How to Write an Effective Reference Letter


I wish I’d actually been taught how to write reference letters, rather than learning on my own. I am certain my first few letters were weak, and I apologize to the first 2 or 3 students who asked for reference letters from me.

As someone who struggled with this particular genre, I have three major pieces of advice about i) content, ii) bias, and iii) whether to write it at all.


Before you begin writing. When you wrote your own job application letters, you made sure they were tailored to the school you applied to. Do the same thing for people asking you for reference letters - tailor their letter to the school/job they are applying to.

Make sure that you get the candidate’s CV, the job description, and any other information you think will help you write a good letter. You can even ask them what they think matters, what they think should be highlighted, or what they are the most proud of. Get as much information about them that you think will help their case.

Ask the applicant for the submission guidelines and follow them. This includes deadlines (missing one could mean they can’t be shortlisted), whether it should be PDF or physical letter, and where to send it.

Introduction. Explain how you know the candidate. If they were in your classes, if they were your TA/RA, or if you were their advisor, explain the nature of your connection so that the committee can evaluate how well you really can speak to the candidate’s accomplishments.

Body of the letter. Make sure you always include specific examples of the skills and qualities you ascribe to them. Think of examples from your classes, from their research projects or from their work for you. Remain positive. Emphasize that you think this person is a strong candidate for the job at the beginning and end of the letter. (And if you can’t do this, think about whether you should be writing this letter in the first place.) You want to give the candidate the best shot at getting the job.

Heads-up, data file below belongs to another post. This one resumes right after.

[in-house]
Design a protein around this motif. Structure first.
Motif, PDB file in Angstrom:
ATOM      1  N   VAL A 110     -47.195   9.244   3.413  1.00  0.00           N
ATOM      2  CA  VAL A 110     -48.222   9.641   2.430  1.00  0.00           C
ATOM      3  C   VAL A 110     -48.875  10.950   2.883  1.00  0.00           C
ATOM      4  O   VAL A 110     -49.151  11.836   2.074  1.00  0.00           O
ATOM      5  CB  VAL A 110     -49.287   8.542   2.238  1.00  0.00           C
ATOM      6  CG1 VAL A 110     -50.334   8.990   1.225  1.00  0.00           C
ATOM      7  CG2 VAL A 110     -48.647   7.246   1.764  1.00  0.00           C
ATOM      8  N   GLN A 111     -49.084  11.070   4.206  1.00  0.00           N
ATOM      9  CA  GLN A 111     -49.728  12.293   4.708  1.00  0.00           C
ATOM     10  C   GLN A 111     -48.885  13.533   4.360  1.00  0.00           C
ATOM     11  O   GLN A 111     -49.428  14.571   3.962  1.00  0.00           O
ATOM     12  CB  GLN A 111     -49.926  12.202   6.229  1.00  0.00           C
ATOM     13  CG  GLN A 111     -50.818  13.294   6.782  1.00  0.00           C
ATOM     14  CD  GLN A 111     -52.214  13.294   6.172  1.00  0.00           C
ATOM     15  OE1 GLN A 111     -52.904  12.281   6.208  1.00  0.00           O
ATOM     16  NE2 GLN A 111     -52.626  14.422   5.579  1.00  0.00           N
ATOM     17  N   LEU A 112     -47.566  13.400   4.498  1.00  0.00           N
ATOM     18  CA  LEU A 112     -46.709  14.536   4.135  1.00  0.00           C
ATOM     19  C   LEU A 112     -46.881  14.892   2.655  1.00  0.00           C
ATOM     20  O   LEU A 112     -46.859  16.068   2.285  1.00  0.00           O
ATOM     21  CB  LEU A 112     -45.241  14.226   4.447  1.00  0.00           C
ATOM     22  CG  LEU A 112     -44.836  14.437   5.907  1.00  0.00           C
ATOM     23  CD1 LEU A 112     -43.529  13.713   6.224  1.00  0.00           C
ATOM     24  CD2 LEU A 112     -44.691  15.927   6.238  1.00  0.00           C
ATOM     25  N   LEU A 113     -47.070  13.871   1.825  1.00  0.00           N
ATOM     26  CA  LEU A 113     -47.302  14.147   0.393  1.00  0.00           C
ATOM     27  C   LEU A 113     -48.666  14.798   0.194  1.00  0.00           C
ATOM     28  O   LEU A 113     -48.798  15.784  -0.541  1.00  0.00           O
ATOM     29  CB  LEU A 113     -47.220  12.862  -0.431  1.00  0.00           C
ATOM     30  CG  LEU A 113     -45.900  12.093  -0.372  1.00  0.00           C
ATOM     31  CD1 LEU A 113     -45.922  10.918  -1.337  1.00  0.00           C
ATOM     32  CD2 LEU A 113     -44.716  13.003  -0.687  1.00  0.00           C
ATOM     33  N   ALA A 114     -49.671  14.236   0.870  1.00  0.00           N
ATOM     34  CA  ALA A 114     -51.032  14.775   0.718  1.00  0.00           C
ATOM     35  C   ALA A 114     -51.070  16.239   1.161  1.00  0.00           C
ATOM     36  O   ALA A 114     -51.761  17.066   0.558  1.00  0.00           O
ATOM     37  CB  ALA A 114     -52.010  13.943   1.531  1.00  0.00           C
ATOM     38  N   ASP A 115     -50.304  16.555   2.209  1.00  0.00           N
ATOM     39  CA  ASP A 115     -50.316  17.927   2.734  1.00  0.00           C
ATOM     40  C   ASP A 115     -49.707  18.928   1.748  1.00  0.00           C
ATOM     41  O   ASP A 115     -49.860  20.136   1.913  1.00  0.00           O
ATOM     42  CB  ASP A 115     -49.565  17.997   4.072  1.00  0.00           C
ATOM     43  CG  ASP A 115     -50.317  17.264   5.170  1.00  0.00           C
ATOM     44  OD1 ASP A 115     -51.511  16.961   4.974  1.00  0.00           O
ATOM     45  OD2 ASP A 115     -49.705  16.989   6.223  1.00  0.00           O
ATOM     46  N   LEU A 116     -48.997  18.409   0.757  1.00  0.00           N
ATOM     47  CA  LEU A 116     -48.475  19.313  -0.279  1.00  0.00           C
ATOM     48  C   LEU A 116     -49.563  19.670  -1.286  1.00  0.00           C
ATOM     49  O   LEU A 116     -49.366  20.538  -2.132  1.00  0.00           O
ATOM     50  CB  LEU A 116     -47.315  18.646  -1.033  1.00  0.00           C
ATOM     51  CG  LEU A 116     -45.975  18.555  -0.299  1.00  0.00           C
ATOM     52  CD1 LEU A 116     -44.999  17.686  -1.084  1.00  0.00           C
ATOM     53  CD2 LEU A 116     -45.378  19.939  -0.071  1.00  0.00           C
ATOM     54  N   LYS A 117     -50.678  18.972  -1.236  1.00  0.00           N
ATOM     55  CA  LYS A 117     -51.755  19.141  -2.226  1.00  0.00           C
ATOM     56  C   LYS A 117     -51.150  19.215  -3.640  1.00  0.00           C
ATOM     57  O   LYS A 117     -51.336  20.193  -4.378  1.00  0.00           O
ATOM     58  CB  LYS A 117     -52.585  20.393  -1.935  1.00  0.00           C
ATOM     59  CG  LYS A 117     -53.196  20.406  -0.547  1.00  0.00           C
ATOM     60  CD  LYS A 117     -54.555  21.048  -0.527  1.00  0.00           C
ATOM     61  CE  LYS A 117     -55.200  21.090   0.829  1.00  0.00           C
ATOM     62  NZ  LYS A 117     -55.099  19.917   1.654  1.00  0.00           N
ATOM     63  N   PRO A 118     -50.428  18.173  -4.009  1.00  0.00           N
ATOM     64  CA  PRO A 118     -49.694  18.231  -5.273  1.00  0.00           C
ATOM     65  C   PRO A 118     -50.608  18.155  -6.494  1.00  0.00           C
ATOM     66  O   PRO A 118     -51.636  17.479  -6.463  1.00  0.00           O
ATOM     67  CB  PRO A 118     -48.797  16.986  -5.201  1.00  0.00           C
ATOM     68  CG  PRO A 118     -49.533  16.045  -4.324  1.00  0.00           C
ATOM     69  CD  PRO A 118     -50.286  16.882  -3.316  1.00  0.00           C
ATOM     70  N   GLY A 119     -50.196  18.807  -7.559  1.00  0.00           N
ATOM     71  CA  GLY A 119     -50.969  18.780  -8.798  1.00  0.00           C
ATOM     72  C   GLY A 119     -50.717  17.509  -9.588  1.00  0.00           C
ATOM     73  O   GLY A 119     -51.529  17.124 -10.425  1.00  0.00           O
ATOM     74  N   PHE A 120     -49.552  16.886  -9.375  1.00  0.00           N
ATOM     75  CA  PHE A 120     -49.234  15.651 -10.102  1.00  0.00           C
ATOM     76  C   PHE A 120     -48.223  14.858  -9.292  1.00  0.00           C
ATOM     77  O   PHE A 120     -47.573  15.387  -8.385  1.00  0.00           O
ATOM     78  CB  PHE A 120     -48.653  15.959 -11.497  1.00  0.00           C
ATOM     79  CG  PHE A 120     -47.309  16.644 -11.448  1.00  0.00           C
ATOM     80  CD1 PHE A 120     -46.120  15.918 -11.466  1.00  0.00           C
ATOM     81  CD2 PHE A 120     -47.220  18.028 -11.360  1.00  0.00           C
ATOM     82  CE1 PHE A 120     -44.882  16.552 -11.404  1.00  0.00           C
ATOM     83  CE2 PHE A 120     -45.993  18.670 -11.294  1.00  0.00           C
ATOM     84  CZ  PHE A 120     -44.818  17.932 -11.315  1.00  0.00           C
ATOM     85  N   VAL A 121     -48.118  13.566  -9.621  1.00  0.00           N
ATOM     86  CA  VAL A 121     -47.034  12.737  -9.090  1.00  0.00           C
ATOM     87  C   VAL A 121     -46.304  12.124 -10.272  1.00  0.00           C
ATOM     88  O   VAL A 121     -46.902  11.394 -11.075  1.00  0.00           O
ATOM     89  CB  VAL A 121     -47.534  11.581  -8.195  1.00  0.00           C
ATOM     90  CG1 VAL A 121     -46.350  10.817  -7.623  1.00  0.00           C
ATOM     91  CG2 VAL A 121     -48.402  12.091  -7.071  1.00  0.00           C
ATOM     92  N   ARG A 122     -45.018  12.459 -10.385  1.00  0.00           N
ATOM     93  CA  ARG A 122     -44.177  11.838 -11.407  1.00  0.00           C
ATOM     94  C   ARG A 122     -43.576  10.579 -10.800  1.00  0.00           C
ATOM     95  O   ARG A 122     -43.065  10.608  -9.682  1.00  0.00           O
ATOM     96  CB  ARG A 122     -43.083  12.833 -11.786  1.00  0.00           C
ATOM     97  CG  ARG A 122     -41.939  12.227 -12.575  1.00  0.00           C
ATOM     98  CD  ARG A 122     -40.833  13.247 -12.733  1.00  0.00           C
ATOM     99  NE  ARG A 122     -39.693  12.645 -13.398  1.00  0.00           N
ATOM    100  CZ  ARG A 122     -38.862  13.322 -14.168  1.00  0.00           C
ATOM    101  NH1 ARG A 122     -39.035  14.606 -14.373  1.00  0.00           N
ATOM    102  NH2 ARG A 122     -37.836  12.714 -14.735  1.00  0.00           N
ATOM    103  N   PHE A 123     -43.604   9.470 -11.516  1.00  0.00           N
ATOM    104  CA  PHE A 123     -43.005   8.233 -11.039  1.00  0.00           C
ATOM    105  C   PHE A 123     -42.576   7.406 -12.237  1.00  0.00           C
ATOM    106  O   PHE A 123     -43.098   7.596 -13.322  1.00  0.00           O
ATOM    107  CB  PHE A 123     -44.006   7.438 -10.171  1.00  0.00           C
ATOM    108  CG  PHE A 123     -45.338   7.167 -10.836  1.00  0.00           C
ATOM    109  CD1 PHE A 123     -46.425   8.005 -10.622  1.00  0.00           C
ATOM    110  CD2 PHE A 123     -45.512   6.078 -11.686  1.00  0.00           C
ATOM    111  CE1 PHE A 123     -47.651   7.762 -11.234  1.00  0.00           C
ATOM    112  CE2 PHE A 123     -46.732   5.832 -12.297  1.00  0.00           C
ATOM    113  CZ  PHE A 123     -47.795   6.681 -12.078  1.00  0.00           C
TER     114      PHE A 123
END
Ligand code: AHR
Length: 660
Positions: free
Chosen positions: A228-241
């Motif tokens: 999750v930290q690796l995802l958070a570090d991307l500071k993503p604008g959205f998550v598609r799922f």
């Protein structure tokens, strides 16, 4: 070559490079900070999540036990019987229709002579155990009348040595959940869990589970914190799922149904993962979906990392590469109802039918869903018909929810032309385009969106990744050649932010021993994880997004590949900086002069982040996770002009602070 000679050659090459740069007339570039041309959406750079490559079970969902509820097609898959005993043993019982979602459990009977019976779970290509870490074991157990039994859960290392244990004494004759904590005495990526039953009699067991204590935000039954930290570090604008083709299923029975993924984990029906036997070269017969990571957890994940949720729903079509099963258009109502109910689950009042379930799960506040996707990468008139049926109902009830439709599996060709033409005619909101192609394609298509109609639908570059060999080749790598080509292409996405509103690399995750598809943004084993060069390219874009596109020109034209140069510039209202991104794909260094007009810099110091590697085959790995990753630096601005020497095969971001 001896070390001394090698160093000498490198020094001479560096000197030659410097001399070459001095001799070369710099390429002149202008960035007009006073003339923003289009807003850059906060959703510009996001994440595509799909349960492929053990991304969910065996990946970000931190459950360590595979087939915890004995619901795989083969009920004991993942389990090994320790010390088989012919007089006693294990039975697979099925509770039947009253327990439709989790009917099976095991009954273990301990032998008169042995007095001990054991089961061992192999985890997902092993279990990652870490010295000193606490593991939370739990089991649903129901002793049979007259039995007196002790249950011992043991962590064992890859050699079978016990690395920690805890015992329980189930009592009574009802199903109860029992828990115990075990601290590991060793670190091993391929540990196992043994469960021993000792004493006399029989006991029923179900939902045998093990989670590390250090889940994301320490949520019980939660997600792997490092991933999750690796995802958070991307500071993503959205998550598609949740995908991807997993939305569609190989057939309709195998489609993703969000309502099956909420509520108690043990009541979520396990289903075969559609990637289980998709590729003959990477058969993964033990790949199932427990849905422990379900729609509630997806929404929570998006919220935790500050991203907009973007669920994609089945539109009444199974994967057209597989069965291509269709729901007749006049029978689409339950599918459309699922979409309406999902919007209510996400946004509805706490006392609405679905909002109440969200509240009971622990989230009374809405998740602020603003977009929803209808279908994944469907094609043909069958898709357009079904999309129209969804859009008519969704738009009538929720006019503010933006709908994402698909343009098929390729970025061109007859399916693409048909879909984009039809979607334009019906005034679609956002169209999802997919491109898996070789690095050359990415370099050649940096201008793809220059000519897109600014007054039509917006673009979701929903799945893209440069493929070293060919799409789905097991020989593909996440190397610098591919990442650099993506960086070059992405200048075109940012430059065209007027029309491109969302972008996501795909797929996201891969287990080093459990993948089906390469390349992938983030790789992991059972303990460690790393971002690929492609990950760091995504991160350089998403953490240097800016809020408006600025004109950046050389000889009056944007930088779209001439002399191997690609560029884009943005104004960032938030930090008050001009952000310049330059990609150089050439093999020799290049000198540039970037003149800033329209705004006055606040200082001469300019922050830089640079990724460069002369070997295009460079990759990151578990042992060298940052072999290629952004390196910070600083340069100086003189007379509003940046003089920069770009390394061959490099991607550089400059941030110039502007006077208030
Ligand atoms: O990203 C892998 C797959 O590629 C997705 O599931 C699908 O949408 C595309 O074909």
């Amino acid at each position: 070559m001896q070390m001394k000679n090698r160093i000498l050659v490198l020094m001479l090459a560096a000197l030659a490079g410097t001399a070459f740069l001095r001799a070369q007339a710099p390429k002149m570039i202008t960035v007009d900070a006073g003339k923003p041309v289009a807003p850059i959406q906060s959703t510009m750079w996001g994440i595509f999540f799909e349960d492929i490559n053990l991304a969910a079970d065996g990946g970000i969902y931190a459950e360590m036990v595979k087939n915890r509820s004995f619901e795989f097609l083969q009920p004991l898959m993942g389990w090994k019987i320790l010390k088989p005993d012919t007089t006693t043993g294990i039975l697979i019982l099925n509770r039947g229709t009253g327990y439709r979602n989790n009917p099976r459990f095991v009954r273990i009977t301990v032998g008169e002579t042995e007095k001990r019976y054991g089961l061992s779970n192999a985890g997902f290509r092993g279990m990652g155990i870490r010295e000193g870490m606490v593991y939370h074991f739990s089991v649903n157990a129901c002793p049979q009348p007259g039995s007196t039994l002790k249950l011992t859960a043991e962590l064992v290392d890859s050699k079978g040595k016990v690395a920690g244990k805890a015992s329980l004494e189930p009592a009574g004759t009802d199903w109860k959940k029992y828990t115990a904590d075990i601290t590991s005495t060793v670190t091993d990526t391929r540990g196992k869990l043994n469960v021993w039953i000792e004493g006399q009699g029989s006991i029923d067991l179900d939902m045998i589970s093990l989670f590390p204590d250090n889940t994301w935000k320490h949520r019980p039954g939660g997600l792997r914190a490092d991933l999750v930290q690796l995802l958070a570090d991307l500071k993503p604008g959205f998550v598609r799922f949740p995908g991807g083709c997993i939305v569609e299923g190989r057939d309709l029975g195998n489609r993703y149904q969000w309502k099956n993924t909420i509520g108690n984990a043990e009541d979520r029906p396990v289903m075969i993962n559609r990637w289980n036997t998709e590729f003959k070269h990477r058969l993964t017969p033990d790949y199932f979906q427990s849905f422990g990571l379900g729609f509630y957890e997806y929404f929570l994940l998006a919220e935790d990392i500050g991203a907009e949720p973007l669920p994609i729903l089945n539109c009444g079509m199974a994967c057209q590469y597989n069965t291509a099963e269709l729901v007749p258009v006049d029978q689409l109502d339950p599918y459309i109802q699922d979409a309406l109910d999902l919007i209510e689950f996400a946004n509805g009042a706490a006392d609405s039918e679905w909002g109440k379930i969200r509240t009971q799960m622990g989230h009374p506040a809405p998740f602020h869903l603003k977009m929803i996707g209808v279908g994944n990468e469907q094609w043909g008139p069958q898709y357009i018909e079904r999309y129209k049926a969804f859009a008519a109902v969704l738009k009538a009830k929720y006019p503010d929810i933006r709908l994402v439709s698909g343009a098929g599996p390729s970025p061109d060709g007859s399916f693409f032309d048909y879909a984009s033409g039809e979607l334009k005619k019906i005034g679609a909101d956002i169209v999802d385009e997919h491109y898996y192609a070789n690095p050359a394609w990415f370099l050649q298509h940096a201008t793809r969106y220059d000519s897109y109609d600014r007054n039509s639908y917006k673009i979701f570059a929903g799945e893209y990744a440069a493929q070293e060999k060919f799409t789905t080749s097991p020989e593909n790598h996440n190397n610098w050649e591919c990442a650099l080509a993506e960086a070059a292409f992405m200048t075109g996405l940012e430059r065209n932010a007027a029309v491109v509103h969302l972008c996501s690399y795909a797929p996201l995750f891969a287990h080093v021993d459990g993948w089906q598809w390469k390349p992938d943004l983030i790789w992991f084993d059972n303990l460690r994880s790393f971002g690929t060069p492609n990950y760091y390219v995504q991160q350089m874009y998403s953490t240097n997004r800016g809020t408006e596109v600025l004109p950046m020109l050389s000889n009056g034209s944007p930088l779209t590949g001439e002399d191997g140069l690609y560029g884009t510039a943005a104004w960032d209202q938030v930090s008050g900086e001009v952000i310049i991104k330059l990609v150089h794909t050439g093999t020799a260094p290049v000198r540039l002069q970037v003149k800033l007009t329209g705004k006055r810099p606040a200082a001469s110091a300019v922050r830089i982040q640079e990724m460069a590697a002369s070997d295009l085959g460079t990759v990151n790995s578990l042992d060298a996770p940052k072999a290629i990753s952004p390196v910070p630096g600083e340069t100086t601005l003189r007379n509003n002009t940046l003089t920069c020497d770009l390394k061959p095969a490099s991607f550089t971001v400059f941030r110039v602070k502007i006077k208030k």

Don’t forget to add your own contact information, including email address and/or telephone number at the end of the letter.


Reference letters are full of gender bias. I strongly recommend that you double or triple check your letters for job candidates. Despite the myth of academia as meritocracy, bias against women still very much exists. If you want to aim for something closer to meritocracy, make sure you are truly promoting the best by writing the best possible letter for both men and women.

Stay focused on publications, research and accomplishments. Make sure you use titles and surnames for both men and women. Letters written on behalf of men are 4 times as likely to have publications mentioned, and twice as likely to mention research more than once than letters written on behalf of women. Letters for men are more likely to mention accomplishments (his research/skills/career), whereas women’s letters are more likely to mention effort (hardworking), or evoke stereotypes, like ‘caring’, ‘compassionate’ or ‘caring’.

Don’t raise doubts about the candidate. Negative comments are twice as common in letters for women and letters for men are 16% longer than letters for women. Letters for women are also 2.5 times more likely to have weak endorsements (she can do that job) vs. ringing endorsements (she’s the best for the job).

Don’t mention personal life. Letters for women are seven times more likely to mention it than letters for men.

Here are some adjectives to use: successful, excellent, accomplished, outstanding, skilled, knowledgeable, insightful, resourceful, confident, ambitious, independent, intellectual

Here are some adjectives to avoid (always check your letters for these and take them out): caring, compassionate, hard-working, conscientious, dependable, diligent, dedicated, tactful, interpersonal, warm, helpful

Should you say yes to writing the letter?

Don’t say yes to everyone who asks you for letters out of obligation. If you can’t write a strong letter, you will only hurt their chances. The best way to address this is to say something like "I do not feel I would be the best person to write you a recommendation." If they press, explain that you are unable to provide letters for people except under certain conditions. You don’t have explain what they are.

Need help with a reference letter? Want to make sure it’s bias-free, positive, and formatted correctly? Quick Brown Fox can help you get that letter in tip-top shape. Contact us at or (480)-359-7485


Trix, F & Psenka, C. 2003. Exploring the color of glass: Letters of recommendation for female and male medical faculty. Discourse & Society.

Madera, JM, Hebl, MR, & Martin, RC. 2009. Gender and letters of recommendation for Academia: Agentic and communal differences. Journal of Applied Psychology.

Carrie Gillon